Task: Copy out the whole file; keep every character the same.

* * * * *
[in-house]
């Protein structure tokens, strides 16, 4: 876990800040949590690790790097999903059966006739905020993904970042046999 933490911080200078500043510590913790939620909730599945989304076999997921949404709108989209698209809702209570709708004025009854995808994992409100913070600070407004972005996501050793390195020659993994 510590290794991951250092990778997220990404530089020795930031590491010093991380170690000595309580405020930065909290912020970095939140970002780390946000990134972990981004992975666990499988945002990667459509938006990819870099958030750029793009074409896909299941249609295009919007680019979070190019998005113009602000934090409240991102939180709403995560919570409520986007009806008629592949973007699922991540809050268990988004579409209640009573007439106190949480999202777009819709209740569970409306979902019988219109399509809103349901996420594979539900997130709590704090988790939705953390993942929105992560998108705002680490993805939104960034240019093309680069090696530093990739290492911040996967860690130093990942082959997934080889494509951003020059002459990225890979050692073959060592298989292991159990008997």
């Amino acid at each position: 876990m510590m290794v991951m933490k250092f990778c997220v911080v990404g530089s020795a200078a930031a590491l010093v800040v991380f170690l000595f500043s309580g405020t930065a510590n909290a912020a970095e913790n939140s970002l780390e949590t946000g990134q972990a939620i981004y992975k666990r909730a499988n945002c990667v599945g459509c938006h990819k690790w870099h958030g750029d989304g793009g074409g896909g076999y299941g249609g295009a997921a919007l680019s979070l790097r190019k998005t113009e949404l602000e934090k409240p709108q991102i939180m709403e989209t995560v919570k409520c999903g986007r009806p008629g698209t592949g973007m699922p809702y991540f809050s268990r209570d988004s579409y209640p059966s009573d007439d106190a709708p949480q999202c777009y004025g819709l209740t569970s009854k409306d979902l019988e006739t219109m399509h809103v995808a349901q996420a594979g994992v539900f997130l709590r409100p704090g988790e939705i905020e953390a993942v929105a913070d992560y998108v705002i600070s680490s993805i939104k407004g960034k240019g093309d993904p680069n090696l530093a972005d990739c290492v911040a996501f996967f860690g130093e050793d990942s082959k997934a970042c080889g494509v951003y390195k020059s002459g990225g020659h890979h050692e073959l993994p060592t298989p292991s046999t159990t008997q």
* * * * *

[in-house]
């Protein structure tokens, strides 16, 4: 876990800040949590690790790097999903059966006739905020993904970042046999 933490911080200078500043510590913790939620909730599945989304076999997921949404709108989209698209809702209570709708004025009854995808994992409100913070600070407004972005996501050793390195020659993994 510590290794991951250092990778997220990404530089020795930031590491010093991380170690000595309580405020930065909290912020970095939140970002780390946000990134972990981004992975666990499988945002990667459509938006990819870099958030750029793009074409896909299941249609295009919007680019979070190019998005113009602000934090409240991102939180709403995560919570409520986007009806008629592949973007699922991540809050268990988004579409209640009573007439106190949480999202777009819709209740569970409306979902019988219109399509809103349901996420594979539900997130709590704090988790939705953390993942929105992560998108705002680490993805939104960034240019093309680069090696530093990739290492911040996967860690130093990942082959997934080889494509951003020059002459990225890979050692073959060592298989292991159990008997």
């Amino acid at each position: 876990m510590m290794v991951m933490k250092f990778c997220v911080v990404g530089s020795a200078a930031a590491l010093v800040v991380f170690l000595f500043s309580g405020t930065a510590n909290a912020a970095e913790n939140s970002l780390e949590t946000g990134q972990a939620i981004y992975k666990r909730a499988n945002c990667v599945g459509c938006h990819k690790w870099h958030g750029d989304g793009g074409g896909g076999y299941g249609g295009a997921a919007l680019s979070l790097r190019k998005t113009e949404l602000e934090k409240p709108q991102i939180m709403e989209t995560v919570k409520c999903g986007r009806p008629g698209t592949g973007m699922p809702y991540f809050s268990r209570d988004s579409y209640p059966s009573d007439d106190a709708p949480q999202c777009y004025g819709l209740t569970s009854k409306d979902l019988e006739t219109m399509h809103v995808a349901q996420a594979g994992v539900f997130l709590r409100p704090g988790e939705i905020e953390a993942v929105a913070d992560y998108v705002i600070s680490s993805i939104k407004g960034k240019g093309d993904p680069n090696l530093a972005d990739c290492v911040a996501f996967f860690g130093e050793d990942s082959k997934a970042c080889g494509v951003y390195k020059s002459g990225g020659h890979h050692e073959l993994p060592t298989p292991s046999t159990t008997q």